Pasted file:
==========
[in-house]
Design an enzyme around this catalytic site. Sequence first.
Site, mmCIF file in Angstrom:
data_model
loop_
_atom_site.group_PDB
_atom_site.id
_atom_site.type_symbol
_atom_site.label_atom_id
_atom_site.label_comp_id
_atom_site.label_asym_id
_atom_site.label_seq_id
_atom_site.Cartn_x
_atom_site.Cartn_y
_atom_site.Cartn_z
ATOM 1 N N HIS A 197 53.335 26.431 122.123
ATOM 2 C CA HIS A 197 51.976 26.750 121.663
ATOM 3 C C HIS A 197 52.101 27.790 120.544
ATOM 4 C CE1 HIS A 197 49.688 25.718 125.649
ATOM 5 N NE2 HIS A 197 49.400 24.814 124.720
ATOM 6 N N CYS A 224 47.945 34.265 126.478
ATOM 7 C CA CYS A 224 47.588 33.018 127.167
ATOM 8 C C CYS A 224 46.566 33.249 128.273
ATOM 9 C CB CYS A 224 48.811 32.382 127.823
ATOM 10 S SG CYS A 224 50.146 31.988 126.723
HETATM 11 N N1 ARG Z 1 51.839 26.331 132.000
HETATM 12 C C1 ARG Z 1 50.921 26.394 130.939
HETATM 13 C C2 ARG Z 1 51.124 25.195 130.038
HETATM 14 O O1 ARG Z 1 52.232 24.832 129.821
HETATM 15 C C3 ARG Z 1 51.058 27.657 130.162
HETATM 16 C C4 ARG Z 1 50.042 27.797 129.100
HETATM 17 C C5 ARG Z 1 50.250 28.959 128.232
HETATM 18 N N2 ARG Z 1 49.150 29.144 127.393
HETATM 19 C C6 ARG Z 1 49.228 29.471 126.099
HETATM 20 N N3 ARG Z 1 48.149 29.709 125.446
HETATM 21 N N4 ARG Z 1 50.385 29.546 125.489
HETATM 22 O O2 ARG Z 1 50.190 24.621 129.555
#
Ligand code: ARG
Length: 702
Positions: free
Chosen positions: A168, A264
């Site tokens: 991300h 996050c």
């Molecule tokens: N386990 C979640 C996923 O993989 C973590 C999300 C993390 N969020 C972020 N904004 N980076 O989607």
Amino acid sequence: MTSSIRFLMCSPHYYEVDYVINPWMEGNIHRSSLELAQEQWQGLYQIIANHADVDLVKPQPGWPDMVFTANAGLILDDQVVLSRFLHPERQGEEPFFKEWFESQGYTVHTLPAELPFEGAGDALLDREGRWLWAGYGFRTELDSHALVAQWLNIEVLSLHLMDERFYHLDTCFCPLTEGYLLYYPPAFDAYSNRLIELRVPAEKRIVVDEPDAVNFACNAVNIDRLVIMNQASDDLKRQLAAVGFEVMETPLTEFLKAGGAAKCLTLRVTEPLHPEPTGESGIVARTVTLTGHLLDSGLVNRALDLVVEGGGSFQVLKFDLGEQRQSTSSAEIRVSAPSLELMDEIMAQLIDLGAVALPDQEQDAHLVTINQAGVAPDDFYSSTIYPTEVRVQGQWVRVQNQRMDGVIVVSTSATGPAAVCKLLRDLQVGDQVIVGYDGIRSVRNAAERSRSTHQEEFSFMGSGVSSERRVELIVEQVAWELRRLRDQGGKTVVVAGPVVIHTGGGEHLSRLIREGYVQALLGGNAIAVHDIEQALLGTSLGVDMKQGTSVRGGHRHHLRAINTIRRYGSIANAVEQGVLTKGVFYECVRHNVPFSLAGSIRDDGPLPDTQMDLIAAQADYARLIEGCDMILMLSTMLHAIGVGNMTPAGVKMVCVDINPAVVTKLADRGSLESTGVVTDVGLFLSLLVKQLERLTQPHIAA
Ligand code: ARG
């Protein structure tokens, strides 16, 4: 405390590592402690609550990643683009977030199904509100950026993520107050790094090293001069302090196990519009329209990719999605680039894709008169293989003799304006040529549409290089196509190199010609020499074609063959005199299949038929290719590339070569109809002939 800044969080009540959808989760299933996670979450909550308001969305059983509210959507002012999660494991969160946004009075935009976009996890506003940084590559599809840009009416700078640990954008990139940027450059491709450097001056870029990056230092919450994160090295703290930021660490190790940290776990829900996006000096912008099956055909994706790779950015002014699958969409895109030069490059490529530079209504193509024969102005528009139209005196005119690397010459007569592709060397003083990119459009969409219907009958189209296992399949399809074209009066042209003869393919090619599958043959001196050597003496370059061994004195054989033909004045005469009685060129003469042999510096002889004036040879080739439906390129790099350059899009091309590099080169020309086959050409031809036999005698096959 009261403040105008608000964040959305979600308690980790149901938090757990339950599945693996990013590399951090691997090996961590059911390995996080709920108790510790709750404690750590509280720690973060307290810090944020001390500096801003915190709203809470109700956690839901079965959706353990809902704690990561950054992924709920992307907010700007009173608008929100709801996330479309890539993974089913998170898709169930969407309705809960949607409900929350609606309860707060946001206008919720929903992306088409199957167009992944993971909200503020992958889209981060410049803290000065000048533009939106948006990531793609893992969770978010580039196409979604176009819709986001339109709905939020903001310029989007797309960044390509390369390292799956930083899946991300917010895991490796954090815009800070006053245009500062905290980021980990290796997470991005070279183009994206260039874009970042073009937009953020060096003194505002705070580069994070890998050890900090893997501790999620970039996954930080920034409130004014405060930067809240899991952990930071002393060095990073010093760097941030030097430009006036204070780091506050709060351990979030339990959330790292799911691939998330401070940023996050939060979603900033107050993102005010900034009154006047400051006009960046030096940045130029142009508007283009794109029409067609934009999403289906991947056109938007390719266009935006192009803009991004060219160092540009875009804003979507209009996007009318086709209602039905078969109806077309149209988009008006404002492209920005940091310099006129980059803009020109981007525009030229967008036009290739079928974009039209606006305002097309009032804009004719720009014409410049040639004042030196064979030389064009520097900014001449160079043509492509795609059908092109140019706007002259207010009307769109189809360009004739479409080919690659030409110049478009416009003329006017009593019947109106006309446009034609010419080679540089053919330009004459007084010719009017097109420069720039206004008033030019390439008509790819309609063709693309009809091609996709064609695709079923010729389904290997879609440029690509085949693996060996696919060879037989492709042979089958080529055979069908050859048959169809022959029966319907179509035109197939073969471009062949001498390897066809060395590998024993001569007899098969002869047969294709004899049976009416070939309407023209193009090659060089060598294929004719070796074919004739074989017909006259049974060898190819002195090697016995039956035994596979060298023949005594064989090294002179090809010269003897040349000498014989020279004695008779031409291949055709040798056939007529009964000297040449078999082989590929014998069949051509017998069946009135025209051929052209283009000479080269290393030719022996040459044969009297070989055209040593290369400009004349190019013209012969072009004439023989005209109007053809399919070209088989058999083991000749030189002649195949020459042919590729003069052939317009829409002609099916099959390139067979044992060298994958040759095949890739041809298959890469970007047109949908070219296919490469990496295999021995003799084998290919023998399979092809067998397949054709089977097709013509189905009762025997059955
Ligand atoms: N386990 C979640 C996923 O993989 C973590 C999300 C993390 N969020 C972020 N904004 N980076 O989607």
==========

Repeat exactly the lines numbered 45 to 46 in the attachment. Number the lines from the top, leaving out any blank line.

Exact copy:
Amino acid sequence: MTSSIRFLMCSPHYYEVDYVINPWMEGNIHRSSLELAQEQWQGLYQIIANHADVDLVKPQPGWPDMVFTANAGLILDDQVVLSRFLHPERQGEEPFFKEWFESQGYTVHTLPAELPFEGAGDALLDREGRWLWAGYGFRTELDSHALVAQWLNIEVLSLHLMDERFYHLDTCFCPLTEGYLLYYPPAFDAYSNRLIELRVPAEKRIVVDEPDAVNFACNAVNIDRLVIMNQASDDLKRQLAAVGFEVMETPLTEFLKAGGAAKCLTLRVTEPLHPEPTGESGIVARTVTLTGHLLDSGLVNRALDLVVEGGGSFQVLKFDLGEQRQSTSSAEIRVSAPSLELMDEIMAQLIDLGAVALPDQEQDAHLVTINQAGVAPDDFYSSTIYPTEVRVQGQWVRVQNQRMDGVIVVSTSATGPAAVCKLLRDLQVGDQVIVGYDGIRSVRNAAERSRSTHQEEFSFMGSGVSSERRVELIVEQVAWELRRLRDQGGKTVVVAGPVVIHTGGGEHLSRLIREGYVQALLGGNAIAVHDIEQALLGTSLGVDMKQGTSVRGGHRHHLRAINTIRRYGSIANAVEQGVLTKGVFYECVRHNVPFSLAGSIRDDGPLPDTQMDLIAAQADYARLIEGCDMILMLSTMLHAIGVGNMTPAGVKMVCVDINPAVVTKLADRGSLESTGVVTDVGLFLSLLVKQLERLTQPHIAA
Ligand code: ARG